Allegorical Animals: The Connection Between Paganism and Early Christian Art (Part One)


Animal Farm, published in 1945, is an allegory of Soviet Communism. The story follows a group of oppressed farm animals who rebel against their cruel master, Farmer Jones. At the outset, all is well: led by Snowball (stand-in for Leon Trotsky), an intelligent and idealistic pig, the animals establish a utopian government based on self-governance and equal sharing of food and work. Eventually, the pigs grow arrogant with power and change the rules to favor themselves. Snowball is ousted and another pig, Napoleon (stand-in for Joseph Stalin), takes over as dictator, backed by a “secret police” of dogs (stand-in for the KGB). Soon the other animals are near starvation, fearing for their lives and ultimately no better off than they were under humans.

Orwell’s casting of the animals is a curious commentary of sorts on human views of animals: the physically strongest and the most democratic animal on the farm is Boxer, a horse (stand-in for the faithful workers), yet he selects the most unhygienic and perceived sloth-like animal to become the most corrupted.

From ancient myths and folk tales to modern books such as Animal Farm, animals have always been a component of human storytelling. The earliest surviving examples of human artistic expression are the cave paintings near Lascaux, France, dated between 28,000 and 10,000 BCE (  The Stone Age artists used the contours of the rock to imply volume and painted vivid representations of animals that included cows, bulls, horses, bison, and deer. Kenneth Clark disagreed with the idea that these paintings were intended to give humans power over animals: he notes the difference in size and detail between the animals and humans in the depiction and concludes that the paintings were actually rooted in admiration. Clark deduces that this admiration leads to the next stage in man’s relationship with animals, which were as sacred symbols or as totems.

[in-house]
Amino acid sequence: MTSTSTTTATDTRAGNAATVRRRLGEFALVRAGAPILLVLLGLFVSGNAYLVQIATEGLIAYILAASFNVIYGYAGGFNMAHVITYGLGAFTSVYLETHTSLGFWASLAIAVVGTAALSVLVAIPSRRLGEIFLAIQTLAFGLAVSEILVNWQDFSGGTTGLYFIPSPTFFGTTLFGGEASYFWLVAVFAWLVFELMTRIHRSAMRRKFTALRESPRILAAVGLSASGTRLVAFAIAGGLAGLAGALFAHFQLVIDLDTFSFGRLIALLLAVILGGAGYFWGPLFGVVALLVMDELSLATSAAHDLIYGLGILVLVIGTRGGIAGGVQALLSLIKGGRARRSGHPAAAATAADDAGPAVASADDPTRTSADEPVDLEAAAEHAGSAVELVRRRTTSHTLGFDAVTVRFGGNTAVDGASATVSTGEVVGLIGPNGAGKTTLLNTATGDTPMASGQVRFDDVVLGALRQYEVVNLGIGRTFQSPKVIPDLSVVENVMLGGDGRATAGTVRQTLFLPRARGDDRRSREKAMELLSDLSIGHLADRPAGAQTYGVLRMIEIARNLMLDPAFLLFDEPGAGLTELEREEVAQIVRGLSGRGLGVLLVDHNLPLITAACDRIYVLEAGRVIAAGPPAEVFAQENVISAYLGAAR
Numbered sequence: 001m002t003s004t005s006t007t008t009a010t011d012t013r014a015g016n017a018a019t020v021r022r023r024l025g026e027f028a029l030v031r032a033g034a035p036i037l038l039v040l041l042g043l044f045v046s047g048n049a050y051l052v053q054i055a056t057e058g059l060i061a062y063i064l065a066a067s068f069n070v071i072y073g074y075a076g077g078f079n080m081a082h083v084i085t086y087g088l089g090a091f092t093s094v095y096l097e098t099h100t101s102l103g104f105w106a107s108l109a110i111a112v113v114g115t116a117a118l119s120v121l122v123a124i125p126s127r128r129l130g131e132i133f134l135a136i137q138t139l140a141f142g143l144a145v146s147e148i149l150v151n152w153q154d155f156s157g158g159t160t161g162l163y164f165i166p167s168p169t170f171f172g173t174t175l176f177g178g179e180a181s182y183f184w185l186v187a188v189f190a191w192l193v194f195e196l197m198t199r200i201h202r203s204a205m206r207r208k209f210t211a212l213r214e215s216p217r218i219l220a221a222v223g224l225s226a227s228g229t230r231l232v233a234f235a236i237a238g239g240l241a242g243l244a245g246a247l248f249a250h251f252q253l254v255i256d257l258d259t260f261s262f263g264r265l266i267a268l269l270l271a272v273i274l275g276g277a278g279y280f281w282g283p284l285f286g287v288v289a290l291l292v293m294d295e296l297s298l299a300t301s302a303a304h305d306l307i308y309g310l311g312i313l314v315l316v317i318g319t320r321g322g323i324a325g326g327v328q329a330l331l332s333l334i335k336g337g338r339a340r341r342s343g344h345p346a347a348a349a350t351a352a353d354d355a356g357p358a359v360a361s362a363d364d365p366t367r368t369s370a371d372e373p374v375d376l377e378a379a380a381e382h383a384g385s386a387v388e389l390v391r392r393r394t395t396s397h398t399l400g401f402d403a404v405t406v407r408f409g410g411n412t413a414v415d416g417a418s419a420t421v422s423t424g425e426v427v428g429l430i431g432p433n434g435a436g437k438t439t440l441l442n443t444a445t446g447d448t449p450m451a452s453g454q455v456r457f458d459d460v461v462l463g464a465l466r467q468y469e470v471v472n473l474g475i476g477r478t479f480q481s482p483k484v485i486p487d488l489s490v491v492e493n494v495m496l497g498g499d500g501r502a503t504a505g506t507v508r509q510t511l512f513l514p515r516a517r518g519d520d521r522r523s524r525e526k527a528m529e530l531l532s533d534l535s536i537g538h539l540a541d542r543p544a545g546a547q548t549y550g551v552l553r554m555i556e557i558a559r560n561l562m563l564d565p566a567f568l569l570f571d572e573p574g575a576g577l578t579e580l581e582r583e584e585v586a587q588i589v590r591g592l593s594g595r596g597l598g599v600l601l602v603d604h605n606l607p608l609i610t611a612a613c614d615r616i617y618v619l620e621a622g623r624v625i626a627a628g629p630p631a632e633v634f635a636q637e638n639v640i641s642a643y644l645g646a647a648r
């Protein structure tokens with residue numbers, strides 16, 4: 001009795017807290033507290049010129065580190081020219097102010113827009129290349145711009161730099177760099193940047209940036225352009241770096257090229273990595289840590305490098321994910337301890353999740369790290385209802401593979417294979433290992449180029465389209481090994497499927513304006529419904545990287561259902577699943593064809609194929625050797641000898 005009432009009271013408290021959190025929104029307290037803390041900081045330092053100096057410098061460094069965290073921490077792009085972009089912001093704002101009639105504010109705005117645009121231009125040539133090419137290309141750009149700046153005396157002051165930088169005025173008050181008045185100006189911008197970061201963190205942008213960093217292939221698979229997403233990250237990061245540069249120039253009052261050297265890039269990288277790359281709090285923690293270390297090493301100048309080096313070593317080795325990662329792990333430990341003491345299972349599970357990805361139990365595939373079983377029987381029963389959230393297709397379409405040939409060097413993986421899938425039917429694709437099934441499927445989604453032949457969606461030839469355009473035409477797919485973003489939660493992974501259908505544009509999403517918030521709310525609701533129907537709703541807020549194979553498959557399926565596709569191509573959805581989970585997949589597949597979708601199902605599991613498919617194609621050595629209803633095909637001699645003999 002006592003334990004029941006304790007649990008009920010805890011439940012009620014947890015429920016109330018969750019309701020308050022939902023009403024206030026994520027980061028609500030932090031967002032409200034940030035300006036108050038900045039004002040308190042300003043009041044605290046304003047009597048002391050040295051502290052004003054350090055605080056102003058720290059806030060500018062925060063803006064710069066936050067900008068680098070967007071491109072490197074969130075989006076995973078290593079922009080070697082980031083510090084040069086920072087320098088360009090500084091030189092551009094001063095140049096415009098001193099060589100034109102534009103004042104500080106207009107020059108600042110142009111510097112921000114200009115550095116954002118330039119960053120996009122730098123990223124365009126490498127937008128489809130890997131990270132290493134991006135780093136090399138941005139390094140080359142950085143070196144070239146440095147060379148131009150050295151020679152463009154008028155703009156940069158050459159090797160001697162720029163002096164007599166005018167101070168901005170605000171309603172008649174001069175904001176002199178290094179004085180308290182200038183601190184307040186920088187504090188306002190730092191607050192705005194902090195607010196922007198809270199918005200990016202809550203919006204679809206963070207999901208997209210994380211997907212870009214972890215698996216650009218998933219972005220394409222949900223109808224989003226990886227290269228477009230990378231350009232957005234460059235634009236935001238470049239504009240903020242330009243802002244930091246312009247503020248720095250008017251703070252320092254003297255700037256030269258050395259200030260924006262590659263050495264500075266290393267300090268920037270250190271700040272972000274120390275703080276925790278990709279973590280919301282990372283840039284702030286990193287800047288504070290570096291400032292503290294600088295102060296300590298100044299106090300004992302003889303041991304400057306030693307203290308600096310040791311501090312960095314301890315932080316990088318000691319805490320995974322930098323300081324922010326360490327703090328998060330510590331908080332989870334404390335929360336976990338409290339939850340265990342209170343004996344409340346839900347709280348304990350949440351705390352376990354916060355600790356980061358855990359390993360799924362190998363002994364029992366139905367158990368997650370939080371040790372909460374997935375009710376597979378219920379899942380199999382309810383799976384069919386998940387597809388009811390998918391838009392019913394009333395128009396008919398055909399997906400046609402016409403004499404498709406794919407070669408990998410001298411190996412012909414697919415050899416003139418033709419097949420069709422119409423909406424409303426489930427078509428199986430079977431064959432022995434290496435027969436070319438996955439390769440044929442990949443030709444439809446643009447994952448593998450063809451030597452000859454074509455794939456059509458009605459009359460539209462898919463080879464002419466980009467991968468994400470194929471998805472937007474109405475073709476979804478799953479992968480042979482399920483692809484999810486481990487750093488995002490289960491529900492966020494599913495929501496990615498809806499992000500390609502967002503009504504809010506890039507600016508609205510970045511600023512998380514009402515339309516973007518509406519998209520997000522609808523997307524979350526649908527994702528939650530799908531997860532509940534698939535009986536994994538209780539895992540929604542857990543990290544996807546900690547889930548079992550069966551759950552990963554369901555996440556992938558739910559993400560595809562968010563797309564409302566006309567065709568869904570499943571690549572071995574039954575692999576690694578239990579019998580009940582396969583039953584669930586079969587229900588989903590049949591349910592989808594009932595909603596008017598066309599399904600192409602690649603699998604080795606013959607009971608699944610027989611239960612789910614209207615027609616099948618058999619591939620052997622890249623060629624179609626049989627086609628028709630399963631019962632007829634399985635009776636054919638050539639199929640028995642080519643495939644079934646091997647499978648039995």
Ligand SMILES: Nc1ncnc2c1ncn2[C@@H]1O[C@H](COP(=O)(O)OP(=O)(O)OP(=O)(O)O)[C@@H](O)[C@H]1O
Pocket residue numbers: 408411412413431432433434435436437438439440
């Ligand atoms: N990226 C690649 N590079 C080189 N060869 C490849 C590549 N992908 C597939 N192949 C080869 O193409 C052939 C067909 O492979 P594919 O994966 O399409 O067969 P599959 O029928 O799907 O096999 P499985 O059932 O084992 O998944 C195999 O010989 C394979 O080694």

Totemism is a complex system of ideas, symbols, and practices based on an assumed relationship between a social group and a natural object known as a totem. The totem may be an animal or several animals. Totemism has existed all over the world, but it is in Egypt that totemism evolved into religion.

Camille Paglia conjectured that the cat was the model for the Egyptian aesthetic. According to Paglia, cats have personality and are priest and god of its own cult, following a purity ritual by cleaning itself religiously (the cat character in Animal Farm, never works — not really part of the ‘team’— and is absent for long periods). Paglia briefly compares the cat to the gorilla, finding the former far more sophisticated: the gorilla is more human, but less beautiful, “bumptious vulgarians lurching up the evolutionary road.” Paglia notes that in Egypt it was the cat; in Greece it was the horse. The male centric Greeks did not care for the feminine cat, they admired the athletic horse. The cat is a law unto itself while the horse is a serviceable, but proud animal (i.e. Boxer in Animal Farm).